If you’d like to knit your own cosy – and non itchy! – sweater, you can buy a kit of 8 balls of this yarn here.

The Wardrobe Architect - Making Style More Personal

Unless you've been living under a rock for the last week or so, you've probably read about Colette Patterns Wardrobe Architect project.

In the introductory post Sarai asks if any of the following sound familiar:

  • You acquire things you don’t use.
  • You feel regret over purchases, whether it’s fabric you’ll never use or a blouse bought because it was on clearance.
  • You tend to buy quantity over quality more than you’d like.
  • You buy things that are “close enough.”
  • You don’t have a chance to think very deeply about your purchases, like the environmental or ethical impact.
  • When buying fabric, you go for the bright and shiny instead of the fabrics you really like to wear.
  • You make clothes that don’t really fit your life well (another party dress?)
  • You have an overwhelmingly long list of sewing projects you want to make and no idea of how to prioritize them. This can actually be kind of stressful for me.
  • You feel like your wardrobe is all over the place.
  • You don’t know how to put outfits together from what you have, so you keep acquiring more instead.
Well, I can safely say I could identify with 80% of the above, which is quite scary!

For years (long before I started making my own clothes) I've struggled with having a wardrobe full of individual items that don't really go together - or maybe only go with one other item - and that I don't really like.  I'm hoping that by following along with this project I might be able to change that and actually create a wardrobe that works for me and that I love.

This weeks post asks us to think about a number of things which might influence our style and aesthetic choices.

  • History: Your personal history and life events.
  • Philosophy: Your religion, spirituality, or general philosophy.
  • Culture: Your cultural background and the aesthetic values you grew up with.
  • Community: Your friends and the people around you.
  • Activities: Your interests, activities, and hobbies.
  • Location: Where you live.
  • Body: How you feel about your body.
I was going to answer each of these points separately, but aware that might make a long and not particularly interesting post for you to read, I'll try and condense things a bit. 

I don't really feel that my history, philosophy or culture have influenced my style unduly.  I'm not religious or spiritual in any way, and I come from a white, British family with no particularly interesting history or life events.

I suppose - and I suspect this is the same for many people - what influences my style the most is my body, or how I view my body. 

I'm not very tall - 5'3" - and am of a generally curvy figure.  I tend towards being slightly overweight, or slightly overweight in my eyes anyway.  Ideally I would weigh about 10 pounds less than I do now - and I am trying to do something about that, but I do like food so much.  Anyway, that's a whole other topic.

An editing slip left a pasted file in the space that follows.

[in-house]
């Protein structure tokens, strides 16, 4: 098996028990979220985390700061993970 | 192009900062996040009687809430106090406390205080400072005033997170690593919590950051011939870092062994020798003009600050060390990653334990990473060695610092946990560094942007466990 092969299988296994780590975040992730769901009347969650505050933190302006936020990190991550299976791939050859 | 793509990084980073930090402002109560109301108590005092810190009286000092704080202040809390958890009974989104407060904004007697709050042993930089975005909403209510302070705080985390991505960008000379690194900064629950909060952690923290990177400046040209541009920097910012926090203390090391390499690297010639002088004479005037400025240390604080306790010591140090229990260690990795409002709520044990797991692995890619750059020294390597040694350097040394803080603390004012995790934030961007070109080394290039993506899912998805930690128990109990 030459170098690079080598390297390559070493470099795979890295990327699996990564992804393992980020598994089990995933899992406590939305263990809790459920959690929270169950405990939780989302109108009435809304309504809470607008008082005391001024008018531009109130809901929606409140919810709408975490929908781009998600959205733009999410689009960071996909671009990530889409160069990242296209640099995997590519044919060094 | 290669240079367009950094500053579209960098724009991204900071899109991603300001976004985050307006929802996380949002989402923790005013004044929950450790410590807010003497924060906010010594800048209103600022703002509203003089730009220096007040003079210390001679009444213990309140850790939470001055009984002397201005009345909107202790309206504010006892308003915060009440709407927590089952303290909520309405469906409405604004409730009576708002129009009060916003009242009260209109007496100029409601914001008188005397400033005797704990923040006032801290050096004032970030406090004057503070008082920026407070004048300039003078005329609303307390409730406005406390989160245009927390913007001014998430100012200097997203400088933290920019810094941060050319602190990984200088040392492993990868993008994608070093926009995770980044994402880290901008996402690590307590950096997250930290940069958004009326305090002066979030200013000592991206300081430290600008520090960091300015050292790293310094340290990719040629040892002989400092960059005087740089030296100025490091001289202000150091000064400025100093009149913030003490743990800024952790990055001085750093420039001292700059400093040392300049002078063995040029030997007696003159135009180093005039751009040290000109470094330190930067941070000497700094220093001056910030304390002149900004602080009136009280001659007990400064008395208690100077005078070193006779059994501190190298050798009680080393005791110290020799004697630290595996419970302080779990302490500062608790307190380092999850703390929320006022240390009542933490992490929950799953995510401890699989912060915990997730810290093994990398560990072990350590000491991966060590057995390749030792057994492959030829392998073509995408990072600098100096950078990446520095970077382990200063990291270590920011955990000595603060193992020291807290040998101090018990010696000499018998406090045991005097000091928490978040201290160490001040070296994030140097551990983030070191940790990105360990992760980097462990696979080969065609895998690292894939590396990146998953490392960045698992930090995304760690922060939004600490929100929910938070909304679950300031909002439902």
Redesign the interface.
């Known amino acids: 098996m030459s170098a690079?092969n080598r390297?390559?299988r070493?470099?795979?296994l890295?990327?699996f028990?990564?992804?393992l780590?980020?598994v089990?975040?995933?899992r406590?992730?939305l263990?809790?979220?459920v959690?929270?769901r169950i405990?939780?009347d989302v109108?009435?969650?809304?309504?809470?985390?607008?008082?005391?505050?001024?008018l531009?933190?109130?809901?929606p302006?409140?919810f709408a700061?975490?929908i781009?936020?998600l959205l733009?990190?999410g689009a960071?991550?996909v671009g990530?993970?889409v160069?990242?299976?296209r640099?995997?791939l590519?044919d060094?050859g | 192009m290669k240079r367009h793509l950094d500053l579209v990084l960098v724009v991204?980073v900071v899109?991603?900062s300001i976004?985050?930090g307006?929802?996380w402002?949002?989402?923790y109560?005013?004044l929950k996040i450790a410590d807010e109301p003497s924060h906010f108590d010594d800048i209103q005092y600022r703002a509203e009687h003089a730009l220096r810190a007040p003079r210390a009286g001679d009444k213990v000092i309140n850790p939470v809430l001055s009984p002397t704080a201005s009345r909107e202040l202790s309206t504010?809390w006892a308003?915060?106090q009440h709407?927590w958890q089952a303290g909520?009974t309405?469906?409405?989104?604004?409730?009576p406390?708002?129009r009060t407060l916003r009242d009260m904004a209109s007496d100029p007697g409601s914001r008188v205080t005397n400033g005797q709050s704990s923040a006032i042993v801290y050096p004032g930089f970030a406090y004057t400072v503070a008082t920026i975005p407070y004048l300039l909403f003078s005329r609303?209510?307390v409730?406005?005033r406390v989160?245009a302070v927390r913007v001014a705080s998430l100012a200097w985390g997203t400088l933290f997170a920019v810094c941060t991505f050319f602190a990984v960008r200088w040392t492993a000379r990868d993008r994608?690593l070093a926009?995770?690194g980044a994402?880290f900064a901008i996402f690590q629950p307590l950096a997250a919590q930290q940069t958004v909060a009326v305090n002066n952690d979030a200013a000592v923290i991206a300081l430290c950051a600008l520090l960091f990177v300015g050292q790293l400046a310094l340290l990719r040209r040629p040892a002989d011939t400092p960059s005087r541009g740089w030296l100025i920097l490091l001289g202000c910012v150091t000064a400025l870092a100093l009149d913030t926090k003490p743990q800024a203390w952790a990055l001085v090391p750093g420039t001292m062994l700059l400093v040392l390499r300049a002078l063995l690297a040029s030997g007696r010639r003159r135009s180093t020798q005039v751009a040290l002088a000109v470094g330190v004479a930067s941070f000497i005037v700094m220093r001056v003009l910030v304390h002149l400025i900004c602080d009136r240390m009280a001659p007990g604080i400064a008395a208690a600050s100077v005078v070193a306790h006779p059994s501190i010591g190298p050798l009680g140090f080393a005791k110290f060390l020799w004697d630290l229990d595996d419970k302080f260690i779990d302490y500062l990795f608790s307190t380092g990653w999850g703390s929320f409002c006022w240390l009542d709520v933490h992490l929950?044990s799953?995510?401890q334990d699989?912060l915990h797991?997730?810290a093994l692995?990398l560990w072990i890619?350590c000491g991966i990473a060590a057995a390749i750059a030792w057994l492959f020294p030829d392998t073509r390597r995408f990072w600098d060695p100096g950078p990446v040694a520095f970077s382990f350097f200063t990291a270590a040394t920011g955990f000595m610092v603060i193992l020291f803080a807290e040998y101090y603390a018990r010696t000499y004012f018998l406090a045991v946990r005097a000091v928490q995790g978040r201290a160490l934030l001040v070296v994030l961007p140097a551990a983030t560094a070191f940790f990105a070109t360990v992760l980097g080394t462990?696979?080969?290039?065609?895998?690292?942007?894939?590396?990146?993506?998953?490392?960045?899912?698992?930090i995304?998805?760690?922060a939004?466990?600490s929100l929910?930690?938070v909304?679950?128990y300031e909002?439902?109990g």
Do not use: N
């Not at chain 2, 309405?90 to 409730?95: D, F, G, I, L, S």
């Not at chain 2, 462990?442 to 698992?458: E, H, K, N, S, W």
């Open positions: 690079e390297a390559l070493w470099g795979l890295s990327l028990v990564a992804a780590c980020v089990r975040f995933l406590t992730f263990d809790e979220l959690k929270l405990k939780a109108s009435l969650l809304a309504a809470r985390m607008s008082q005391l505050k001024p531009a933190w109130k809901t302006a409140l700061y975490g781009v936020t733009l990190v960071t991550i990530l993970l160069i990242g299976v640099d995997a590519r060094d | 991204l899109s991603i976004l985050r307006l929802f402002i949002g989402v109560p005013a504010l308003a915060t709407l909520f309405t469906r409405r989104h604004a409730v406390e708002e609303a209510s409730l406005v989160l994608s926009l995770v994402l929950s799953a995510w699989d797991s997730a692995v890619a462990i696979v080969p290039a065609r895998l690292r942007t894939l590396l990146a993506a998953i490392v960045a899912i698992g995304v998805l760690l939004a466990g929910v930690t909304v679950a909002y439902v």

Being curvy, my waist is much smaller in proportion to my hips.  I find it hard to get trousers that fit me well at all.  If they fit on the hips, they are enormous around the waist.  I've never found a pair of trousers that fit my waist, because I can't get them over my thighs!  I often have the same problem with skirts too. 

I also intensely dislike my knees, and you will never see me in a short skirt or heaven forbid shorts.  I seriously cannot remember the last time I wore a pair of shorts. 

Because of the above factors I tend to prefer dresses, but I would love to have some cool separates that I could mix and match. 

I'm pretty much always cold as well and spend a lot of my day sitting down, either at a desk or in the car.  Jersey dresses do work well for me (usually with a cardigan over), but it's hard to find nice quality jersey locally to me.  In fact it's hard to find nice fabric locally at all!

I do tend to buy quite a lot of clothes (or fabric) in the hope that things will coordinate miraculously, and consequently don't spend that much money on each piece.  I'm hoping that if I'm able to consciously - rather than randomly - coordinate my wardrobe I can buy less, but buy better quality.

If you've stuck with me through my ramblings, well done! 

Is anyone else joining in with this?  I'd love to know your thoughts.

Friday Fancies

Hooray!  It's Friday once again, and time for another round up of things that have taken my fancy this week. 

I've done these posts intermittently since I started this blog, but I'm going to try and make them a more regular feature this year.

First up, the Bryn Mawr knitted dress, designed by Alex Capshaw-Taylor.  

I'm under no illusions that I'd have time to finish knitting this before Spring, but it's definitely going into my queue to be knitted next in time for next Winter.

Also, you should definitely visit Alex's blog to read about her totally amazing hand knitted wedding dress.  It's gorgeous!

Next up, a very useful chart about sewing machine needles, and which one to use for which job.  I need to pin this up right above my sewing machine and get used to actually changing the needle as appropriate!


Now I've never had the slightest interest in sewing my own underwear (that's what Marks & Spencer is for), but this pattern might just change my mind.  It's one of Gertie's new ones for Butterick, and very pretty.


I'm trying to up my intake of veggies and healthy stuff, and I can't wait to try this yummy looking chargrilled cauliflower salad, by Yotam Ottolenghi.  I've actually been searching for this recipe for ages, and stumbled upon it this week. 

Finally, because I'm a bit of a geek at heart, and I recently watched the last Harry Potter film, the evolution of Neville Longbottom.

That's all for this week.  Have a lovely weekend.

Adding to my pattern collection...

I had an email today from Sew Direct about their pattern sale.  Always dangerous!

If you're a member (which I am) they normally offer 50% off the cost of all their patterns, in addition to receiving their monthly magazine.  Currently, their sale offer is buy one pattern, get 2 free!  That's a pretty amazing deal in the UK - I know that in the USA in particular you can often get amazing deals on patterns, but not so much here.